Stay Healthy


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Looking for little ways to help get healthy sleep? It’s not difficult or time-consuming. You can find many simple ways to improve your sleep without the need for pills, potions, or therapy. Here are just 4 painless, easy-to-do lifestyle changes you can practice every day that’ll get you on the fast track to improving your quality of sleep.

– Healthy Sleep Change #1: Stay Away From Late Night Snacking –

Have you ever heard that rumbling noise in your stomach late at night while watching a talk show? More than likely, that’s not real hunger; it’s your imagination trying to compensate for your boredom. Many times when you think you’re hungry you’re really just looking for something to do… especially late at night.

Eating and lying down right away makes it harder for your body to digest food. You can even get heartburn or acid reflux after eating a late night snack. So to prevent your insides from keeping you awake tonight, eat an earlier snack or just wait until the morning for breakfast. You’ll have healthy sleep and happy dreams.

– Healthy Sleep Change #2: Stay Away from the Sugar Fix –

Just say no to sugar right before bedtime! It can mess with your healthy sleep in a couple of ways. First, you’ll be so hyper and find it hard to even fall asleep. Second, you can get vivid dreams and nightmares that’ll make you wake up in the middle of the night in a sweaty panic. Hold off on the sugar until the next day so you’ll have enough time to burn it off (and keep the bad dreams at bay).

– Healthy Sleep Change #3: Stay Away from the Greasy Good Stuff at Dinner –

You probably know that feeling of having your insides feel like they’re clogged with after a greasy meal. And you’ve probably tried going to sleep with that feeling, only to find yourself tossing and turning all night instead of getting any healthy sleep. Do yourself a favor and skip the high-cholesterol, artery-clogging late night dinner so you’ll happily drift off into dreamland.

– Healthy Sleep Change #4: Eat a Small, Early Dinner –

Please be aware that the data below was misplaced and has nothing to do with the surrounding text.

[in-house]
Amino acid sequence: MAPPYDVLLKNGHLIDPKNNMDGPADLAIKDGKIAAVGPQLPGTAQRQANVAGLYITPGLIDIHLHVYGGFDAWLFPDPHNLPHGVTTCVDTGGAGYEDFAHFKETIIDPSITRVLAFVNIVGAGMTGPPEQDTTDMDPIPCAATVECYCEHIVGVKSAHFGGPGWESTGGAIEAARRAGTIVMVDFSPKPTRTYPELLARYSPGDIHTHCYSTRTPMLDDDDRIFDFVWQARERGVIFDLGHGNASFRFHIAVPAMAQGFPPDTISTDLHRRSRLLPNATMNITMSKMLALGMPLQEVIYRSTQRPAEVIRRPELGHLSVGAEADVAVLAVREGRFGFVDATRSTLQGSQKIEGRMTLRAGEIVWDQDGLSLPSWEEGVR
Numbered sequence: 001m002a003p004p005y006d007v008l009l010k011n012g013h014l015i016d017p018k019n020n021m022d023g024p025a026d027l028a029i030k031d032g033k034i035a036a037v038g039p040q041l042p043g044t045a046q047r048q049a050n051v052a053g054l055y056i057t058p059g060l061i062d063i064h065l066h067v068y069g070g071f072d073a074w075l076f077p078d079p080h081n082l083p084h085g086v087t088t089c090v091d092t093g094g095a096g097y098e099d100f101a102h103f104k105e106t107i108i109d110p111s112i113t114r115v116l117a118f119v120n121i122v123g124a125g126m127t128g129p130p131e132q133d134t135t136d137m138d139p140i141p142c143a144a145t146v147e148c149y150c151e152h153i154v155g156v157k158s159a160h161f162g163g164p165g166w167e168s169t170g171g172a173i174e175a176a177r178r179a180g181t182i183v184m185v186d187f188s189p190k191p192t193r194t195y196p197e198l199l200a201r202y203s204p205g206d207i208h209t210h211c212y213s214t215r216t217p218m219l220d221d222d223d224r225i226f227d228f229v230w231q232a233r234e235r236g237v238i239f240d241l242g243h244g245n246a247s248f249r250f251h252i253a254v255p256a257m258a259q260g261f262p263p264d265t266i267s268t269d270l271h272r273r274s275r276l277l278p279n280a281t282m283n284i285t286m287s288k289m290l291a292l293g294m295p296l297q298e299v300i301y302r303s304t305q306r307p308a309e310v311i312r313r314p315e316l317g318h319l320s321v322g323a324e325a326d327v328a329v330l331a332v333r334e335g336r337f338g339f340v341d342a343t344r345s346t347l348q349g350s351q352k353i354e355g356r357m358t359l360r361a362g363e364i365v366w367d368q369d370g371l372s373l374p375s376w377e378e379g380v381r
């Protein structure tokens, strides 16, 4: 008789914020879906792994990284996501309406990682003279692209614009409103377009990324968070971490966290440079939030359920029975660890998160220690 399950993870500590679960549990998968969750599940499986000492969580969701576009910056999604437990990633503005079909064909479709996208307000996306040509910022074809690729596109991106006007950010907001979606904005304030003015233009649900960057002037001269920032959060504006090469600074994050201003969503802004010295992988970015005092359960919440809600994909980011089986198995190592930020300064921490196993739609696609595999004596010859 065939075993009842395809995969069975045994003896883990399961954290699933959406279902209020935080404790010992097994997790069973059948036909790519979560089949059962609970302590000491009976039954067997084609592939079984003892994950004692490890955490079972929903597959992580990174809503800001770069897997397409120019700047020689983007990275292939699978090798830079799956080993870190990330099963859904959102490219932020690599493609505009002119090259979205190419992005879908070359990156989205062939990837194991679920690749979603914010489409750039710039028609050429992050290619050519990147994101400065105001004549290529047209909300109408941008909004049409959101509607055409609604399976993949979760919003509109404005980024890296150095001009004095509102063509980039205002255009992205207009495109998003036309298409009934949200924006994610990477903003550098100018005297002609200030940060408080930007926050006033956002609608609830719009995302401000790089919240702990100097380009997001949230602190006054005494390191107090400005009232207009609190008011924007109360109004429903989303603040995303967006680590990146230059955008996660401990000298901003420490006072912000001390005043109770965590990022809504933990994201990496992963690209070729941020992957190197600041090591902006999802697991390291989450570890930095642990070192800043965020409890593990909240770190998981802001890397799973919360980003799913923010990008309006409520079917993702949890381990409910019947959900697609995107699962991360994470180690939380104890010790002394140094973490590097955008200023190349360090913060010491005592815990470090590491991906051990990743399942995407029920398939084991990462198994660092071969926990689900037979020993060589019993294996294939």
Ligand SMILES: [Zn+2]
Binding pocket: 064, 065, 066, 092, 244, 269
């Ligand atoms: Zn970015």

You eat a big meal and experience that sluggish, sleepy feeling afterwards. Then you think you need something to increase your energy, so you reach for the sugar or caffeine. And right around bedtime, you find yourself wanting a little snack.

Eating a small dinner before bedtime can help give you healthy sleep in numerous ways. You won’t overeat, your body will digest the food easier, you won’t feel the need to exercise late at night just to try and burn it off, and you’ll prevent any problems creeping in during your sleep time.

It also helps if you eat your dinner early. The sooner you eat, the sooner you can snack. You’ll have enough time left in the day to digest your snack as well, before going to bed. Early dinners also have the extra benefit of helping you burn off more calories, too!

If you want to improve, you can’t just keep doing what you’re doing and expect your situation to get better. Making these small lifestyle changes, you’ll notice the increased amount of healthy sleep you get and you’ll be a happier, more energetic person to be around.
Uncover the big sleep myth that’s draining you of energy at

Every parent hopes to raise children who will develop into responsible, healthy adults. In today’s society, that isn’t such an easy task. The temptations of fast food restaurants on virtually every corner and the general lack of regular exercise programs make it difficult for parents to ensure that their children will grow up with healthy habits. There are, however, some useful steps you can take in the early stages to help your children become fit and healthy adults.

Turn off the TV

The American Heart Association suggests that parents should limit their children’s time in front of the tube to “less than 2 hours per day” ( Instead of popping in a DVD after school, take your kids for a walk or a bike ride. The more opportunities you give your children for some physical activity, the sooner they will see the importance of daily exercise.

Make fitness fun!

Working out doesn’t have to be a chore, especially for children. Make a game out of getting in some cardiovascular exercise. Take a trip to the roller skating rink with your teenagers, or create an obstacle course out of cardboard boxes and blankets for your crawling toddlers. The possibilities are endless for the ways you can make exercise an exciting, integral part of your lives.

Prepare “heart-healthy” meals